So tomorrow's shaping up to be a very interesting Dallas City Council meeting: As Rudy Bush wrote yesterday, the mayor's mighty unhappy with the no-bid concession contracts being doled out to Dallas Love Field Joint Venture and Hudson Retail at Love Field Airport, which council members have been behind for the better part of the year. The new contracts are on tomorrow's consent addendum -- meaning they are, or were, expected to pass council with no problem.
I exchanged a few e-mails yesterday with Chris Heinbaugh, the mayor's chief of staff. I asked him: If the mayor's so unhappy about this, what's he gonna do about it? To which he responded initially:
The Mayor wants to make sure the package is transparent and that it is bid it out to make sure we have the best economic deal for the City of Dallas.
That wasn't the question. I pestered Heinbaugh again to be more specific. He wrote back:
The Mayor feels this should be put out for bid. We will see how things unfold for Wednesday.
I tried for more specifics, but that was, as they say, that.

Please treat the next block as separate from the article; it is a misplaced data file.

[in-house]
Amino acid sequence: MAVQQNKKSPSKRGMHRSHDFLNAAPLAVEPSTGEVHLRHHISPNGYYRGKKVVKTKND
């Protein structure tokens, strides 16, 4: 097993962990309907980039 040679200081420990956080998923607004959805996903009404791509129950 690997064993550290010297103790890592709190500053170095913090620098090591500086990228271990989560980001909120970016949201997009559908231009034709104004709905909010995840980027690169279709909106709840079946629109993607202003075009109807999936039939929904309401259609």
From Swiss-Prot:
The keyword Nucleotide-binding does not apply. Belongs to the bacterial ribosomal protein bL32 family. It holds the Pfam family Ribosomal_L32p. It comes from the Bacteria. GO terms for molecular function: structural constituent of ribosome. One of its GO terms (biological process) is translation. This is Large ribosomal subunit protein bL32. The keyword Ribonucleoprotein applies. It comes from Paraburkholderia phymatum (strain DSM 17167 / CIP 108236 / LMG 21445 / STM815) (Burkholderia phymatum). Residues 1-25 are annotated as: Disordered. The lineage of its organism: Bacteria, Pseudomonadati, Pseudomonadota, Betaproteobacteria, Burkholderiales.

Update at 11:39 a.m.: Frank Librio just sent more information concerning the legality of these kinds of no-bid contracts. It follows, along with his original e-mail sent Monday afternoon.
Oh, and I did ask Frank Librio, in the public information office at City Hall, what several Friends wanted to know: Does the no-bid deal violate the section of the Dallas City Code that says, "No city expenditure exceeding $25,000 may be made without advertising for competitive bids pursuant to Chapter 252, Texas Local Government Code"? Frank responded:
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"This is not an expenditure. It is a concession contract in which the contractors pay the City for the privilege of operating a concessions business on the airport.
The section cited does not apply."
City Attorney Tom Perkins called last last night and promised to respond later today with the information that shows, nope, what council's about to OK is legally copacetic.
And now here's what Librio sent at 11:39 this morning:
In a concession contract, the City does not "make or lose" money. Rather, it may make more or less money over time, depending on the success of the concessionaire. While the city has the option of using a bid or RFP process, it is not required and there will be times that staff concludes that either it would be difficult to determine the amount of money that may be made during a contractual period (e.g., when demand may be dramatically impacted by an ongoing construction project) or that other factors are important (e.g., past experience with a concessionaire).